1. Environmental variation during development is common and often has long-lasting effects on phenotypes and survival. In organisms with complex life cycles, such effects may carry over from one life stage into the subsequent stages, affecting reproductive success and survival in both direct and indirect manners. Much research has focused on the transition from the larval to adult stages, but fewer studies have addressed how egg-stage variation may affect the larval stage, development to metamorphosis, and adult fitness.
2. We assessed the short- and long-term consequences of abiotic environmental variation during egg development of the Neotropical treefrog Dendropsophus ebraccatus. Typically, D. ebraccatus eggs are oviposited terrestrially on leaves above water and hydrated by rainfall. However, at our field site in Panama ∼25% of terrestrial eggs become desiccated during development and ∼19% become submerged underwater. In addition, in unshaded ponds D. ebraccatus lays eggs directly in water. We assessed immediate and carryover effects of egg development under hydrated, desiccated and submerged conditions. We measured morphology and vulnerability to predators at hatching and at three time points during the larval period. We also measured morphology at metamorphosis.
3. Submerged eggs hatched less developed and later and had higher baseline mortality after hatching than either hydrated or desiccated terrestrial eggs. By 10 days after hatching, the morphology of tadpoles from the three egg environments was indistinguishable. Nonetheless, the egg environment affected predation, with tadpoles from submerged eggs being least vulnerable; later in development egg environment ceased to affect vulnerability. Tadpoles from all egg environments grew to a size refuge from dragonfly nymphs, whereas vulnerability to water bugs remained constant throughout development. At metamorphosis, froglets from submerged eggs were the largest and those from hydrated eggs were the smallest.
4. With anticipated climate change in the Neotropics, rainstorms are predicted to become more sporadic but larger when they do occur, potentially increasing the chances of both egg desiccation and flooding. The incidence of different egg environments may therefore change, potentially affecting amphibian phenotypes, interactions with predators, and survival across multiple life stages.
We measured the short- and long-term consequences of naturally occurring abiotic environmental variation during the egg stage of the Neotropical treefrog Dendropsophus ebraccatus (Fig. 1, =Hyla ebraccata Cope, Faivovich et al. 2005). This species is common from southern Mexico to northern Columbia, most often reproducing by laying eggs on leaves above water (Duellman & Trueb 1986; Wells 2007). Eggs develop in 3–4 days and hatch as aquatic tadpoles into the pond below. Dendropsophus ebraccatus breeds during the Neotropical rainy season and egg clutches are most often rained on and well-hydrated. However, rainfall is highly variable and clutch hydration depends on the amount of rain received (Touchon & Warkentin 2009). When large rainstorms occur, pond levels rise and ∼19% of clutches become flooded at our field site (Touchon & Warkentin 2009). We also recently discovered that D. ebraccatus lays eggs directly in water when ponds are unshaded (Touchon & Warkentin 2008a). Eggs laid in water are usually attached to floating or submerged vegetation which keeps them near the top of the water column, whereas flooded clutches may be much deeper depending on initial oviposition height and size of the storm (Touchon & Warkentin 2008a).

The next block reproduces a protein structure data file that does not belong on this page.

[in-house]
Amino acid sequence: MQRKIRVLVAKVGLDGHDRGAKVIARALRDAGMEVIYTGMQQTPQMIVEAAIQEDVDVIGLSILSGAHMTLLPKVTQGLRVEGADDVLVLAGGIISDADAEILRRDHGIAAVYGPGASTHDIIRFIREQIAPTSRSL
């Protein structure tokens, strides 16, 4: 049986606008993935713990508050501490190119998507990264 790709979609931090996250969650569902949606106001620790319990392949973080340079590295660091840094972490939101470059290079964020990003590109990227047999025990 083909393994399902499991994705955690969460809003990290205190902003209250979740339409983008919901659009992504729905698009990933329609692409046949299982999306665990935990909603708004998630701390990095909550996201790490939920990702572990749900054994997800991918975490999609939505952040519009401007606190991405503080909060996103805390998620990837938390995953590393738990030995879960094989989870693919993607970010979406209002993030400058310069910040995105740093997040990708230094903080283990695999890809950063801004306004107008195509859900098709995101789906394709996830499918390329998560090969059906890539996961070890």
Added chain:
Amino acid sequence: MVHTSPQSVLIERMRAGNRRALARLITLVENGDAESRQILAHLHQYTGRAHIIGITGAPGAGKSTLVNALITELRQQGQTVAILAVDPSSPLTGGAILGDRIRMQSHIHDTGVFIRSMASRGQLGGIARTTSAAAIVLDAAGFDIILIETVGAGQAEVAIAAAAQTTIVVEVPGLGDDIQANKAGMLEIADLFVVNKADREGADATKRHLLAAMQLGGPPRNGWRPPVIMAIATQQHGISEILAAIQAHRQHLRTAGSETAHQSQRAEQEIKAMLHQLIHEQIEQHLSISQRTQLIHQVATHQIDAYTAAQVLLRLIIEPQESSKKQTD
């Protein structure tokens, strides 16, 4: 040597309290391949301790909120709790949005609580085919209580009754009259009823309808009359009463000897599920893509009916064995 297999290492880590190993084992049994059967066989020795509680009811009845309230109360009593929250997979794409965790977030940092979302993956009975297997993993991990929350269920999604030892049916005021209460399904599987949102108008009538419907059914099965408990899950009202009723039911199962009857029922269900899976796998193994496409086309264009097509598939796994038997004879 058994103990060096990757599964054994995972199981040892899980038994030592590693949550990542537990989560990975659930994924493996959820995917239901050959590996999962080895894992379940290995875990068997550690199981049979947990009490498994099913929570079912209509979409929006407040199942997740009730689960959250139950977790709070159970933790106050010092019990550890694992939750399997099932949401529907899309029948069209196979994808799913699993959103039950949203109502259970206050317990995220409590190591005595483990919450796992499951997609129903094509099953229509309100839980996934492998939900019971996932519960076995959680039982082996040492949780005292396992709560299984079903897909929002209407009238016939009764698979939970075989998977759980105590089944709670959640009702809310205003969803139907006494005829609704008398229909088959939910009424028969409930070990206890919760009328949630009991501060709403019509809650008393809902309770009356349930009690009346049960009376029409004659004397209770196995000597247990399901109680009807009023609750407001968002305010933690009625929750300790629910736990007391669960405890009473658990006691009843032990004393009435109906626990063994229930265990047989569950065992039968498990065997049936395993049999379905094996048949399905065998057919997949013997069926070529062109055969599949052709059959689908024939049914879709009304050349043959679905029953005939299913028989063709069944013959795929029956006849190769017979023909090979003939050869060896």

We simulated three extremes of D. ebraccatus egg environments: (1) above water, rained on and well-hydrated; (2) above water but not rained on and therefore desiccated; and (3) submerged underwater, such as occurs with flooding. We monitored embryo development to hatching, then raised tadpoles from each egg environment to metamorphosis, and measured phenotypes at four time points during the larval period. We also conducted predation trials with common larval predators at four points during the larval period to assess effects of egg environments on tadpole vulnerability. We hypothesized that desiccated and submerged egg environments would cause suboptimal embryo growth, resulting in both short- and long-term phenotypic alterations and reduced survival when tadpoles were exposed to predators.
Materials and methods
Collection and rearing of eggs